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The Role of Time Preferences and Exponential-Growth Bias in Retirement Savings

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  • Gopi Shah Goda
  • Matthew R. Levy
  • Colleen Flaherty Manchester
  • Aaron Sojourner
  • Joshua Tasoff

Abstract

There is considerable variation in retirement savings within income, age, and educational categories. Using a broad sample of the U.S. population, we elicit time preference parameters from a quasi-hyperbolic discounting model, and perceptions of exponential growth. We find that present bias (PB), the tendency to value utility in the present over the future in a dynamically inconsistent way, and exponential-growth bias (EGB), the tendency to neglect compounding, are prevalent and distinct latent variables. PB, EGB, and the long-run discount factor are all highly significant in predicting retirement savings, even while controlling for measures of IQ and general financial literacy as well as a rich set of demographic controls. We find that lack of self-awareness of these biases has an additional independent negative impact on retirement savings. We assess potential threats to a causal interpretation of our results with a hypothetical choice experiment and several robustness exercises. Finally, we explore potential mechanisms for our findings. If the relationship we estimate is causal, our estimates suggest that eliminating PB and EGB would be associated with an increase in retirement savings of 12%, or as high as 70% using estimates that account for classical measurement error.

Suggested Citation

  • Gopi Shah Goda & Matthew R. Levy & Colleen Flaherty Manchester & Aaron Sojourner & Joshua Tasoff, 2015. "The Role of Time Preferences and Exponential-Growth Bias in Retirement Savings," NBER Working Papers 21482, National Bureau of Economic Research, Inc.
  • Handle: RePEc:nbr:nberwo:21482
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    References listed on IDEAS

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    Cited by:

    1. Torben M. Andersen & Joydeep Bhattacharya, 2021. "Why mandate young borrowers to contribute to their retirement accounts?," Economic Theory, Springer;Society for the Advancement of Economic Theory (SAET), vol. 71(1), pages 115-149, February.
    2. Jason S. Scott & John B. Shoven & Sita N. Slavov & John G. Watson, 2020. "Can Low Retirement Savings Be Rationalized?," NBER Working Papers 26784, National Bureau of Economic Research, Inc.
    3. Levy, Matthew R. & Tasoff, Joshua, 2017. "Exponential-growth bias and overconfidence," LSE Research Online Documents on Economics 68881, London School of Economics and Political Science, LSE Library.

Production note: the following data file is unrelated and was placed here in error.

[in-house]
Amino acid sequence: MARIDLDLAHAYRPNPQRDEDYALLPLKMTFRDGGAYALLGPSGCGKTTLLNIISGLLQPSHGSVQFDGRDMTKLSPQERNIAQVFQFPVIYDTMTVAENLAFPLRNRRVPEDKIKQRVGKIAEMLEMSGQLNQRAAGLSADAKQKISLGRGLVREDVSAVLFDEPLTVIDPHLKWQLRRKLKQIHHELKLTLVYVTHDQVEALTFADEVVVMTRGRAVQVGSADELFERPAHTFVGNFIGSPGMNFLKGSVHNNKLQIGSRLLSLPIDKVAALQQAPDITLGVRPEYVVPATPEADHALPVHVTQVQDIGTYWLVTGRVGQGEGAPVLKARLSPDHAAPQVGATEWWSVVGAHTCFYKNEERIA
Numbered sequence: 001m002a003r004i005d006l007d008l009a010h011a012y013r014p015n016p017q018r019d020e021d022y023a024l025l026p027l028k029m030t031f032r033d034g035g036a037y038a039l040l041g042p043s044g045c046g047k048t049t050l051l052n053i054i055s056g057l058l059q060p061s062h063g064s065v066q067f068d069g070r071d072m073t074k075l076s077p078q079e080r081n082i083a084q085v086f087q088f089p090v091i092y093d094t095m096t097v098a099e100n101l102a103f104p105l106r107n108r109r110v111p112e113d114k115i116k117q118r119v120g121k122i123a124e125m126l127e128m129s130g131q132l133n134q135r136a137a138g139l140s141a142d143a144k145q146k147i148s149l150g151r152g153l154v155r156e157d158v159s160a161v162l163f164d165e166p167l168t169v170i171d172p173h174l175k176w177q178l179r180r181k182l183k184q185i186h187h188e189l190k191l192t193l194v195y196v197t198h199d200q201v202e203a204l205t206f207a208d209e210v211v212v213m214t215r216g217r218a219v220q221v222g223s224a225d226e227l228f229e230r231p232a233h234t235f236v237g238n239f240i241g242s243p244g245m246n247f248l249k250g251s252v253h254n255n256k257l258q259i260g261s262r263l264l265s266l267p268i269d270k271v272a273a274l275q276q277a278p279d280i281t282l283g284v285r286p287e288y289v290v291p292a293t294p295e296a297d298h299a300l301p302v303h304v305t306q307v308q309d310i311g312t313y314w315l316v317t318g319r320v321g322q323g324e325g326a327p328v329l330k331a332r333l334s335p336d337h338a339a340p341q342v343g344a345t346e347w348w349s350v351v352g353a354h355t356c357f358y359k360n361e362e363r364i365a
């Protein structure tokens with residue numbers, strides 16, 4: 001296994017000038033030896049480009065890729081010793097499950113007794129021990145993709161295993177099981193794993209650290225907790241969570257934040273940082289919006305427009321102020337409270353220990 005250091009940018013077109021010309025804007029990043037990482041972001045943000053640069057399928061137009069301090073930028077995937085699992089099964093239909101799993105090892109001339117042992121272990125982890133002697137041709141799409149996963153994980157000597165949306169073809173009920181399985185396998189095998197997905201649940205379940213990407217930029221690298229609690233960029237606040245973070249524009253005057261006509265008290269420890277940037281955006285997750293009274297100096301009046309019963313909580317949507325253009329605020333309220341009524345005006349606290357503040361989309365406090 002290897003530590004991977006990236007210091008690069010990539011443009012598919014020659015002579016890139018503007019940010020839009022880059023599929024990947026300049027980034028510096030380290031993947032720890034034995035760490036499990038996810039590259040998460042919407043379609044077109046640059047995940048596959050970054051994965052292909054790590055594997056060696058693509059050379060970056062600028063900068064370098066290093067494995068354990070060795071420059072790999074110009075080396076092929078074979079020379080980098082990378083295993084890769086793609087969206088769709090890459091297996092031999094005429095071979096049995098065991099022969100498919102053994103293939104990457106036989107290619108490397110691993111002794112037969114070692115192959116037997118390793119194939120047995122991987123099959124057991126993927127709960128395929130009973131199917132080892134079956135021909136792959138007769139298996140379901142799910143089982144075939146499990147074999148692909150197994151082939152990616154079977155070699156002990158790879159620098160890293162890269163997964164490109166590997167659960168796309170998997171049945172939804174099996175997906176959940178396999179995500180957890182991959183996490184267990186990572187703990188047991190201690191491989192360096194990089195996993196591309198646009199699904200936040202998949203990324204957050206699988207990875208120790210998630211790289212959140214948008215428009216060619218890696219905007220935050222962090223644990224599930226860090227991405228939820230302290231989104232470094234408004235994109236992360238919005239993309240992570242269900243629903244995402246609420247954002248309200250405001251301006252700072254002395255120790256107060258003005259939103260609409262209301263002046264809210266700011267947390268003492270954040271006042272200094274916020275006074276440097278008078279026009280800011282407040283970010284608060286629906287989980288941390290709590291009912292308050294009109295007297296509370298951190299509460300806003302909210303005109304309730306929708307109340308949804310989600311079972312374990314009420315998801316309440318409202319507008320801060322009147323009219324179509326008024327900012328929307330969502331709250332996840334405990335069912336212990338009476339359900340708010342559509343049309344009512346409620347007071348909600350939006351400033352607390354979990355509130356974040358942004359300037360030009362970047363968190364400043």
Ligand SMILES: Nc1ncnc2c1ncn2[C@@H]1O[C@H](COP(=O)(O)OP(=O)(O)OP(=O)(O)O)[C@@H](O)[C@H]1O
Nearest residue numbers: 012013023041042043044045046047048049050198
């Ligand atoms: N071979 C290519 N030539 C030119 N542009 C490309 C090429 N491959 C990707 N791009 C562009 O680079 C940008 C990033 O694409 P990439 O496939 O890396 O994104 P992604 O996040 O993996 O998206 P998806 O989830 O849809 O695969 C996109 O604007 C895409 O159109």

4. Blumenstock, Joshua & Callen, Michael & Ghani, Tarek, 2016. "Mobile-izing Savings with Automatic Contributions: Experimental Evidence on Present Bias and Default Effects in Afghanistan," CEPR Discussion Papers 11400, C.E.P.R. Discussion Papers.
    5. McGowan, Féidhlim & Lunn, Pete & Robertson, Deirdre, 2019. "Underestimation of money growth and pensions: Experimental investigations," Papers WP611, Economic and Social Research Institute (ESRI).
    6. Robert L. Clark & Robert G. Hammond & Christelle Khalaf, 2019. "Planning for Retirement? The Importance of Time Preferences," Journal of Labor Research, Springer, vol. 40(2), pages 127-150, June.
    7. Joshua Blumenstock & Michael Callen & Tarek Ghani, 2018. "Why Do Defaults Affect Behavior? Experimental Evidence from Afghanistan," American Economic Review, American Economic Association, vol. 108(10), pages 2868-2901, October.
    8. David Huffman & Raimond Maurer & Olivia S. Mitchell, 2016. "Time Discounting and Economic Decision-making among the Elderly," Working Papers wp347, University of Michigan, Michigan Retirement Research Center.
    9. Levy, Matthew R. & Tasoff, Joshua, 2017. "Exponential-growth bias and overconfidence," Journal of Economic Psychology, Elsevier, vol. 58(C), pages 1-14.
    10. Victor Stango & Joanne Yoong & Jonathan Zinman, 2017. "The Quest for Parsimony in Behavioral Economics: New Methods and Evidence on Three Fronts," NBER Working Papers 23057, National Bureau of Economic Research, Inc.
    11. Königsheim, C. & Lukas, M. & Nöth, M., 2018. "Individual preferences and the exponential growth bias," Journal of Economic Behavior & Organization, Elsevier, vol. 145(C), pages 352-369.

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